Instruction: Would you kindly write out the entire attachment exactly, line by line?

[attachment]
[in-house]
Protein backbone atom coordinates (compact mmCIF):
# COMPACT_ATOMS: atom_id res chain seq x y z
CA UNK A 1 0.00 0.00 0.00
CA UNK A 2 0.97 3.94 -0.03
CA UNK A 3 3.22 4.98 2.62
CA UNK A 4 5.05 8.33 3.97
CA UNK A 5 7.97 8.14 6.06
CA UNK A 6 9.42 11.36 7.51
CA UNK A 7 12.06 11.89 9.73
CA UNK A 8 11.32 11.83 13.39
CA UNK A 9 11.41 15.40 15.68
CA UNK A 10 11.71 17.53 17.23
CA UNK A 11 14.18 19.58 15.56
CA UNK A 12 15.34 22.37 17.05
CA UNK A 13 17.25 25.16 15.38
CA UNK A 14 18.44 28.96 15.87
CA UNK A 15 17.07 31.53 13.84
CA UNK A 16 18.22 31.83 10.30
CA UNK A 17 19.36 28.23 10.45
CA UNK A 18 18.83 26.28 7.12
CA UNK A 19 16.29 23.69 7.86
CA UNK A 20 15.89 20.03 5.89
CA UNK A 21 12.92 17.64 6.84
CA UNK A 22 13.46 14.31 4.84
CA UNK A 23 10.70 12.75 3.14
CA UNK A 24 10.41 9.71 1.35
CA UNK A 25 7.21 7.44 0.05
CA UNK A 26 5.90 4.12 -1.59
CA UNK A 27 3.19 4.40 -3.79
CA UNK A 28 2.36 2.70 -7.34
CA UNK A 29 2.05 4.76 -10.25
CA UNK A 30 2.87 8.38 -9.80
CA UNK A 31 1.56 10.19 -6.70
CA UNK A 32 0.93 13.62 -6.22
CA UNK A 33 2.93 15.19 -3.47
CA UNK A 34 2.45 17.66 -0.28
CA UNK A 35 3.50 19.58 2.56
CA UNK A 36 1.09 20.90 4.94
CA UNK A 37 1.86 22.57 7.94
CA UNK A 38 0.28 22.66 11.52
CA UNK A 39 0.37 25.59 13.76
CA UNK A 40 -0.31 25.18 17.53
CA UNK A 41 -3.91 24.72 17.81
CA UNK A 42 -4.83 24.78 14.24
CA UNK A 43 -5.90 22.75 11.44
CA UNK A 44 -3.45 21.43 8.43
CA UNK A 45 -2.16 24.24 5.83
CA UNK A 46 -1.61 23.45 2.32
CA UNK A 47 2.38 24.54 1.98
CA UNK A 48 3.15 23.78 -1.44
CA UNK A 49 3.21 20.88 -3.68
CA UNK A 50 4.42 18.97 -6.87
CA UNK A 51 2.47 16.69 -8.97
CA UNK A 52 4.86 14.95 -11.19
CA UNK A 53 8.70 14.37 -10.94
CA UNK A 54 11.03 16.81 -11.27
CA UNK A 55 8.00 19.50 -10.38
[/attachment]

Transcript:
[in-house]
Protein backbone atom coordinates (compact mmCIF):
# COMPACT_ATOMS: atom_id res chain seq x y z
CA UNK A 1 0.00 0.00 0.00
CA UNK A 2 0.97 3.94 -0.03
CA UNK A 3 3.22 4.98 2.62
CA UNK A 4 5.05 8.33 3.97
CA UNK A 5 7.97 8.14 6.06
CA UNK A 6 9.42 11.36 7.51
CA UNK A 7 12.06 11.89 9.73
CA UNK A 8 11.32 11.83 13.39
CA UNK A 9 11.41 15.40 15.68
CA UNK A 10 11.71 17.53 17.23
CA UNK A 11 14.18 19.58 15.56
CA UNK A 12 15.34 22.37 17.05
CA UNK A 13 17.25 25.16 15.38
CA UNK A 14 18.44 28.96 15.87
CA UNK A 15 17.07 31.53 13.84
CA UNK A 16 18.22 31.83 10.30
CA UNK A 17 19.36 28.23 10.45
CA UNK A 18 18.83 26.28 7.12
CA UNK A 19 16.29 23.69 7.86
CA UNK A 20 15.89 20.03 5.89
CA UNK A 21 12.92 17.64 6.84
CA UNK A 22 13.46 14.31 4.84
CA UNK A 23 10.70 12.75 3.14
CA UNK A 24 10.41 9.71 1.35
CA UNK A 25 7.21 7.44 0.05
CA UNK A 26 5.90 4.12 -1.59
CA UNK A 27 3.19 4.40 -3.79
CA UNK A 28 2.36 2.70 -7.34
CA UNK A 29 2.05 4.76 -10.25
CA UNK A 30 2.87 8.38 -9.80
CA UNK A 31 1.56 10.19 -6.70
CA UNK A 32 0.93 13.62 -6.22
CA UNK A 33 2.93 15.19 -3.47
CA UNK A 34 2.45 17.66 -0.28
CA UNK A 35 3.50 19.58 2.56
CA UNK A 36 1.09 20.90 4.94
CA UNK A 37 1.86 22.57 7.94
CA UNK A 38 0.28 22.66 11.52
CA UNK A 39 0.37 25.59 13.76
CA UNK A 40 -0.31 25.18 17.53
CA UNK A 41 -3.91 24.72 17.81
CA UNK A 42 -4.83 24.78 14.24
CA UNK A 43 -5.90 22.75 11.44
CA UNK A 44 -3.45 21.43 8.43
CA UNK A 45 -2.16 24.24 5.83
CA UNK A 46 -1.61 23.45 2.32
CA UNK A 47 2.38 24.54 1.98
CA UNK A 48 3.15 23.78 -1.44
CA UNK A 49 3.21 20.88 -3.68
CA UNK A 50 4.42 18.97 -6.87
CA UNK A 51 2.47 16.69 -8.97
CA UNK A 52 4.86 14.95 -11.19
CA UNK A 53 8.70 14.37 -10.94
CA UNK A 54 11.03 16.81 -11.27
CA UNK A 55 8.00 19.50 -10.38